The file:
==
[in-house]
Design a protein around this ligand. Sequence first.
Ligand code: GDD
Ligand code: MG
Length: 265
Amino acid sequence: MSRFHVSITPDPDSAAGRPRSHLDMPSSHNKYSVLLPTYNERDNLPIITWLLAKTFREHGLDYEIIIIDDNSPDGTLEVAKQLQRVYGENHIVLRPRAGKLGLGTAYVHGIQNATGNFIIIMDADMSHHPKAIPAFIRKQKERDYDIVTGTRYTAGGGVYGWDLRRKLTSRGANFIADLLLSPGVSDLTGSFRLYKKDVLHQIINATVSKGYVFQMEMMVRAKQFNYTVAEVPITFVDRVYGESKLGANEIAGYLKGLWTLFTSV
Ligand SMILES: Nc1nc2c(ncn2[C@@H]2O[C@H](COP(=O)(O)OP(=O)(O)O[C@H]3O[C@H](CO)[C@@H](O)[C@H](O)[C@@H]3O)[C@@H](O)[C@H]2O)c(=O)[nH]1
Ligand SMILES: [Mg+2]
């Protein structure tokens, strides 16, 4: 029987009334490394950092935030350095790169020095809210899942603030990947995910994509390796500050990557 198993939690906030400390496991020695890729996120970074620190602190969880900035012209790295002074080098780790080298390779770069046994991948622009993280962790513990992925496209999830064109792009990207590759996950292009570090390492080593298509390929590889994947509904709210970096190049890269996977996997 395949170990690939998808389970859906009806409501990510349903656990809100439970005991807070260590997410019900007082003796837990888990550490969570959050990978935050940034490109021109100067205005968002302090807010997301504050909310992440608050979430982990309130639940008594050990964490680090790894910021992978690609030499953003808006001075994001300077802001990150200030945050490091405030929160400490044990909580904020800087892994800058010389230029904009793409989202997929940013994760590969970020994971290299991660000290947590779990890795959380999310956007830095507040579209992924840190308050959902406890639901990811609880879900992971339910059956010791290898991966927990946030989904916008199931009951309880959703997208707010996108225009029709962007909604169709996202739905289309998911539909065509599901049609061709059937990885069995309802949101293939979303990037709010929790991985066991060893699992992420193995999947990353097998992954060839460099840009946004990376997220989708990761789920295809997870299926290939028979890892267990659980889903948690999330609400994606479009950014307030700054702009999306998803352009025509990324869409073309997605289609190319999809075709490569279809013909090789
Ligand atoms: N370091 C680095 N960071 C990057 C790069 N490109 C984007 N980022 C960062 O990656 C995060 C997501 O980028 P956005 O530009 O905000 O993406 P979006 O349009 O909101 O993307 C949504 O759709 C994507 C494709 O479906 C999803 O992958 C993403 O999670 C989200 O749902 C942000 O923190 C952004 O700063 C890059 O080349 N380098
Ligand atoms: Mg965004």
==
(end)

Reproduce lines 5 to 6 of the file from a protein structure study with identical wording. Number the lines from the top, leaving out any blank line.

Length: 265
Amino acid sequence: MSRFHVSITPDPDSAAGRPRSHLDMPSSHNKYSVLLPTYNERDNLPIITWLLAKTFREHGLDYEIIIIDDNSPDGTLEVAKQLQRVYGENHIVLRPRAGKLGLGTAYVHGIQNATGNFIIIMDADMSHHPKAIPAFIRKQKERDYDIVTGTRYTAGGGVYGWDLRRKLTSRGANFIADLLLSPGVSDLTGSFRLYKKDVLHQIINATVSKGYVFQMEMMVRAKQFNYTVAEVPITFVDRVYGESKLGANEIAGYLKGLWTLFTSV